Sunday, September 27, 2009

Harry Cahill: 1930-2009

(From Stephen Findlater's "The Hook" hockey blog)

Irish hockey Hall of Fame player Harry Cahill died on September 19 at the age of 79. Widely regarded as the best goalkeeper to ever don the pads for Ireland, he earned 72 Irish caps during a 20-year period stretching from 1953 to 1973.
During that period, he was selected for three Olympic Games for Great Britain – finishing in fourth in Rome in 1960, ninth Tokyo in 1964 and 12th in Mexico in 1968 where he was Britain’s oldest Olympian at those Games.
He also played with the Irish side for the first European Nations Cup in 1970, aged 40.
In a time of minimal protective gear, Cahill was revered for his fearless approach to the game allied with razor-sharp reflexes and athleticism.
He played his club hockey initially with Pembroke Wanderers before moving across channel to play with the Coventry and North Warwickshire club.
He was inducted into the IHA Hall of Fame in 2006.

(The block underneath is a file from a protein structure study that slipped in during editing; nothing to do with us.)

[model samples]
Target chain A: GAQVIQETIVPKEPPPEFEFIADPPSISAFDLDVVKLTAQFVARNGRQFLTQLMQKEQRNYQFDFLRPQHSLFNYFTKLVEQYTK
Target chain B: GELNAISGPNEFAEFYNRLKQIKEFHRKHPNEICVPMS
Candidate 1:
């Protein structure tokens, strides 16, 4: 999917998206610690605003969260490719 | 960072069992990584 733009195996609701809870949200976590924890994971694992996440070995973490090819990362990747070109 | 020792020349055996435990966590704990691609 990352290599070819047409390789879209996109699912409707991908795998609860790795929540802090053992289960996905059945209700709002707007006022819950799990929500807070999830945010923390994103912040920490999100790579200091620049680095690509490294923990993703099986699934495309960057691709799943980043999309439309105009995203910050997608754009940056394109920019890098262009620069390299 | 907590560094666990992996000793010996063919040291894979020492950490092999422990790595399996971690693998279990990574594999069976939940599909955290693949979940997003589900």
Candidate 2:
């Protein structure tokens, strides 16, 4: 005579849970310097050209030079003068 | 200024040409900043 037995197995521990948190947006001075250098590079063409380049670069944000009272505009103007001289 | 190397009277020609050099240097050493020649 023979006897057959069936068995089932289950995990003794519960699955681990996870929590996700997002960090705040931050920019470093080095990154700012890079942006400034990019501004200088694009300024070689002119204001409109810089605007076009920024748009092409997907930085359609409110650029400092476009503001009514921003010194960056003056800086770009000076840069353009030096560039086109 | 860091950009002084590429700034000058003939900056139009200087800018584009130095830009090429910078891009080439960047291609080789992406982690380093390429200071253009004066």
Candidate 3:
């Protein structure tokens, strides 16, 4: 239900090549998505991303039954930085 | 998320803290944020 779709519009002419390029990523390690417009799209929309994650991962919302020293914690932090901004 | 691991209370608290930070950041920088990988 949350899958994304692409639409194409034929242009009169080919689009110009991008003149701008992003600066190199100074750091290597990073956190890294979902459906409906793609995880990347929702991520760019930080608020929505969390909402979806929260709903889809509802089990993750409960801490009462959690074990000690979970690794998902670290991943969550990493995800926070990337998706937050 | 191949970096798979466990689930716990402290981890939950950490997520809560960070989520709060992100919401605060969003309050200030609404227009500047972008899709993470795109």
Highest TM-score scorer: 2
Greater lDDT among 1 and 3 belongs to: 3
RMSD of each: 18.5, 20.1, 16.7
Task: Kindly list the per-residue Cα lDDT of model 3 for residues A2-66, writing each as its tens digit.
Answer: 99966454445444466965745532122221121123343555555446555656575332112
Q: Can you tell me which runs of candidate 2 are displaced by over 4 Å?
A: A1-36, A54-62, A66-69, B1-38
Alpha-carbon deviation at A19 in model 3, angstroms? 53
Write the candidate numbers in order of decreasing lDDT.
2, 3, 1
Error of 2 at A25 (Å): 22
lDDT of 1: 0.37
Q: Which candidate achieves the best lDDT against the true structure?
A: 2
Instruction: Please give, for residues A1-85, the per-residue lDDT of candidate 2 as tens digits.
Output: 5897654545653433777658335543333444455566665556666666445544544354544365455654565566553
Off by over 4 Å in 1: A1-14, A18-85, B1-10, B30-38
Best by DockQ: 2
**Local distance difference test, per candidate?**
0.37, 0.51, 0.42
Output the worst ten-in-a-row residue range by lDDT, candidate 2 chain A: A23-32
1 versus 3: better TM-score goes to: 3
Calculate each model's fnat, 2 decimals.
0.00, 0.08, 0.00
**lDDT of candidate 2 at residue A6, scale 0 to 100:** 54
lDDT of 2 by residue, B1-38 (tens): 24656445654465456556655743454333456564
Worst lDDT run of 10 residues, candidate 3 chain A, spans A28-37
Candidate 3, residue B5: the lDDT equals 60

From the Irish Times:

HARRY CAHILL, who has died aged 79, was one of the finest international hockey goalkeepers of his generation.

He made 72 appearances for Ireland from 1953-1973, played for Britain in three Olympic Games (Rome 1960, Tokyo 1964 and Mexico 1968) and toured India and Pakistan with Britain.

He represented Ireland in the first European Nations Cup in Brussels in 1970, was a member of the Irish team that won the Santander Trophy in 1972, and toured South Africa in 1973.

His initial hockey was with Pembroke Wanderers in Dublin. Following a business move, he joined Belfast YMCA in the late 1950s (winning an Irish senior cup medal), before moving to Coventry and North Warwickshire. He finished his hockey career with Worthing, helping them to win the Sussex Cup in 1981 when aged over 50.

He was a natural sportsman, converting initially from soccer to hockey and taking up goalkeeping only because he found himself playing in a team without one.

He was Irish triple jump champion in 1951/52 and was chosen to represent Ireland in the 1952 Olympics in Helsinki. However, as with three other selected athletes, he did not go because the Irish athletic authorities were short of funding.

When playing for Coventry hockey club, he used to train with Coventry City soccer club, whose manager at the time, Jimmy Hill, was so impressed with his skills that he offered him a contract.